object. If the clause begins with a verb, or a nounpreceded by T) , it is a "verb clause". Verb
clauses are opposite English order; object (the noun preceded byT) ), predicate, subject. This
is the simplified version. Within the text of scripture it can be very complex, and poetic.
This is obviously important to understanding the idea conveyed by a phrase. In Gen 1:1 was it
Elohym who created the Heavens and the Earth, or did the Heavens and the Earth create
Elohym? The Hebrew structure clearly establishes that it was Elohym that did the "creating" and
the Heavens and the Earth were the things being created. Without the above knowledge
establishing a clear understanding of a passage or a word can be not only confusing, but can be in
The first step in establishing the allegorical meaning of a word is to reduce it to a prim. root. This
will normally be a three letter word, or occasionally a two letter word. If Strongs suggests a
word with more than three letters is a root, it has mistakenly included a preposition, pronoun or
article (a pre or post-modifier). Carefully decide which of the letters is (are) the culprit(s), and
remove it to establish the root.
Once the root has been found the next step is to confirm if the word is being used as a verb or a
noun. Just like English many words can be used as both and context is necessary to ascertain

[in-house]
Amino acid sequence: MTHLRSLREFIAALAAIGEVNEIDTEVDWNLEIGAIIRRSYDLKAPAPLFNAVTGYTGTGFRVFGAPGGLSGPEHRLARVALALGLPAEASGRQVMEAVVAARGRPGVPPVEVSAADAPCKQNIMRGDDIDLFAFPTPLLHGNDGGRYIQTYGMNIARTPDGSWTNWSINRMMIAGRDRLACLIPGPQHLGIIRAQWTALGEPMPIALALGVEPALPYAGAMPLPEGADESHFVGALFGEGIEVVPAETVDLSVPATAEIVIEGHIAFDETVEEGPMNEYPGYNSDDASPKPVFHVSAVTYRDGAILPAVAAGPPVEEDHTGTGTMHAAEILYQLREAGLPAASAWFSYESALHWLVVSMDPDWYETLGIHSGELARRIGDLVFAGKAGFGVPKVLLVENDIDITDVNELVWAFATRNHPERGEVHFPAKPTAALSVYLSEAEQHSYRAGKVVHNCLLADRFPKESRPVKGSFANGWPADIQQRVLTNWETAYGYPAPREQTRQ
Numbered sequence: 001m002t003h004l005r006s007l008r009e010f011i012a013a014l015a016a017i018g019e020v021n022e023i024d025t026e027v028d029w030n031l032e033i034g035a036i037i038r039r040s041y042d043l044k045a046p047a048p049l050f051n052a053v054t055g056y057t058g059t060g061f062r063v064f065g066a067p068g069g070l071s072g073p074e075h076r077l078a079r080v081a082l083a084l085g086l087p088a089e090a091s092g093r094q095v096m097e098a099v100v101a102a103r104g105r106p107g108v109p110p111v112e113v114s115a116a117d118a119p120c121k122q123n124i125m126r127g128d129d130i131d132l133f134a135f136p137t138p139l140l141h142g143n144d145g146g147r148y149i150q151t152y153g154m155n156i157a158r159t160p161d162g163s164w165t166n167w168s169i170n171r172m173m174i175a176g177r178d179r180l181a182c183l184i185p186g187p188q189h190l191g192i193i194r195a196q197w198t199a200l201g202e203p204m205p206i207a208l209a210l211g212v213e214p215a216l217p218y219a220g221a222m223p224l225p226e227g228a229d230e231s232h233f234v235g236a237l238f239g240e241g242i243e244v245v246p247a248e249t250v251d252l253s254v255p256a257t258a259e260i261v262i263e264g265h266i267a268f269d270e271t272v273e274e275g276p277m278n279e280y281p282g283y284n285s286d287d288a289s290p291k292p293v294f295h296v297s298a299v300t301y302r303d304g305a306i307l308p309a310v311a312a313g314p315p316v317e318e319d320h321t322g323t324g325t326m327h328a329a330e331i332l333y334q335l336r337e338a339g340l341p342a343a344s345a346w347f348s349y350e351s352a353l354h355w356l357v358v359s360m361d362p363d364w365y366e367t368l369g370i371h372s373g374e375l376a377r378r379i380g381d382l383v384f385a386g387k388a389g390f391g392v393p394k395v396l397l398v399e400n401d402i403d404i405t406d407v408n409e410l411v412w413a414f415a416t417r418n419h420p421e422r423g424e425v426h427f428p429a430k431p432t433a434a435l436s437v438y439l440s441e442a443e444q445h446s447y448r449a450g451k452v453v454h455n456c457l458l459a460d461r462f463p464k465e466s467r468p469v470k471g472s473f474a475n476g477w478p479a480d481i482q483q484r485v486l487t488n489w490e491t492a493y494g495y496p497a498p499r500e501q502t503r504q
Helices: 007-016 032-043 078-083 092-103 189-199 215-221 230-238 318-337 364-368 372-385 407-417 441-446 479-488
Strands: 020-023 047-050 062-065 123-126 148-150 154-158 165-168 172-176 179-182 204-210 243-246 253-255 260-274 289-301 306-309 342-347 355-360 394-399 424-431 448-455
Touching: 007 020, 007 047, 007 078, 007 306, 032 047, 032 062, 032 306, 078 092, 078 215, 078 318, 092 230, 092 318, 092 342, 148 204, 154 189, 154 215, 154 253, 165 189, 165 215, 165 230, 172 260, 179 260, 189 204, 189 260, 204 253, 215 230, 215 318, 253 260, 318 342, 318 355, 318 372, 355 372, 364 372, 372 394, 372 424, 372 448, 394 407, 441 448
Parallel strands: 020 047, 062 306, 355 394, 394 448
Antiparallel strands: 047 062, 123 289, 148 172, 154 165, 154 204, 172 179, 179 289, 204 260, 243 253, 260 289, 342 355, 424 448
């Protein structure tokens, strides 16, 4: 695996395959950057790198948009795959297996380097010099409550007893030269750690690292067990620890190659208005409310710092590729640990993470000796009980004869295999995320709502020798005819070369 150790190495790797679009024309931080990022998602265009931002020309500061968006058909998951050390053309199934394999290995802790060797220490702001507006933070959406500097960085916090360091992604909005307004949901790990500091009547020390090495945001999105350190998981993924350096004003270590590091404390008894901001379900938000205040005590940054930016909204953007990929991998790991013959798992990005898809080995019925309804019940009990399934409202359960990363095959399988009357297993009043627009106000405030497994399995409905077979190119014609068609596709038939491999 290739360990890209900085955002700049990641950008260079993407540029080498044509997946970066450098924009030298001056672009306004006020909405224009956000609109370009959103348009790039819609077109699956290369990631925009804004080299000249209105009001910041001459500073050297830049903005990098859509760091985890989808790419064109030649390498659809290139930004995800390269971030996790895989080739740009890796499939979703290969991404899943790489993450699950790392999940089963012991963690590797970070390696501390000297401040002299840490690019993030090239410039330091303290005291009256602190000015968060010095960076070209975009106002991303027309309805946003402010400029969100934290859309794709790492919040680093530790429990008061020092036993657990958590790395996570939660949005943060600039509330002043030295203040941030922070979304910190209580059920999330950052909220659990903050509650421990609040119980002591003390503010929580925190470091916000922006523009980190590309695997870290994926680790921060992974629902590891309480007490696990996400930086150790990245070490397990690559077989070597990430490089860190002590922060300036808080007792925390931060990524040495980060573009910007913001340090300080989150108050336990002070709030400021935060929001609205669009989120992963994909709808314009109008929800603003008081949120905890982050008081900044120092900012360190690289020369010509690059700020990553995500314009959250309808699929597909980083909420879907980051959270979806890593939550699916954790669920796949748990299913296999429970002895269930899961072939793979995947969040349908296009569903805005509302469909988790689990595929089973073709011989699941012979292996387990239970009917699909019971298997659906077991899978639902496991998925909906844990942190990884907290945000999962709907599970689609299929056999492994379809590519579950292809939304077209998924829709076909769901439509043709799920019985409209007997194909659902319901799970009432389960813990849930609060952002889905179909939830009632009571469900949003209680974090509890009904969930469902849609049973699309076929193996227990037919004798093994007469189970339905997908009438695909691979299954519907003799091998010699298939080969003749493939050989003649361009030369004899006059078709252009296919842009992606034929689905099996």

which is intended in any given situation.
If the word is a noun, the letters can be viewed as arranged like a noun clause. Thus the first
letter will be a noun (subject), the second the verb (predicate), and the third a noun (object),
adverb, or adjective. Here are a few examples:
xwr-St#7306, most commonly translated "spirit", has the allegorical meaning; "the Head
m$n-St#5395, the root of #5397, translated "breath of the spirit" (Gen 2:7) allegorically
means, "Perpetuity Piercing the Waters". ("waters" are often symbolic of "mankind")
lb)-St#59 the name "Abel" has the allegorical meaning, "the Beginning of the House of the
Shepherds staff." He was a shepherd, and one of the meanings of his name is "meadow."
$pn-St#5315 often translated "soul", has the allegorical meaning, "Perpetuity, Expressing or
Many words can be almost comical in the pictures they draw, but a deeper or fuller meaning is
Verbs are a little more difficult. Remember their order is different than that to which we are
accustomed. The first letter will almost always represent a verb. Here are some examples:
(dy-St#3045 translated "to know" can allegorically mean, "to Give the Door to the
h(rSt#7462 translated as, "tend, rule, or pasture", could have the allegorical meaning
"Leading (often a "head" can mean a "leader") to the Fountain of Light."
This area needs more scientific, Spirit led research. The majority of the study in this area has been
very "subjective" without many "objective" rules being established. The more I work with the
system, the more I can "feel" the order and logic of it. Unfortunately I cannot yet say I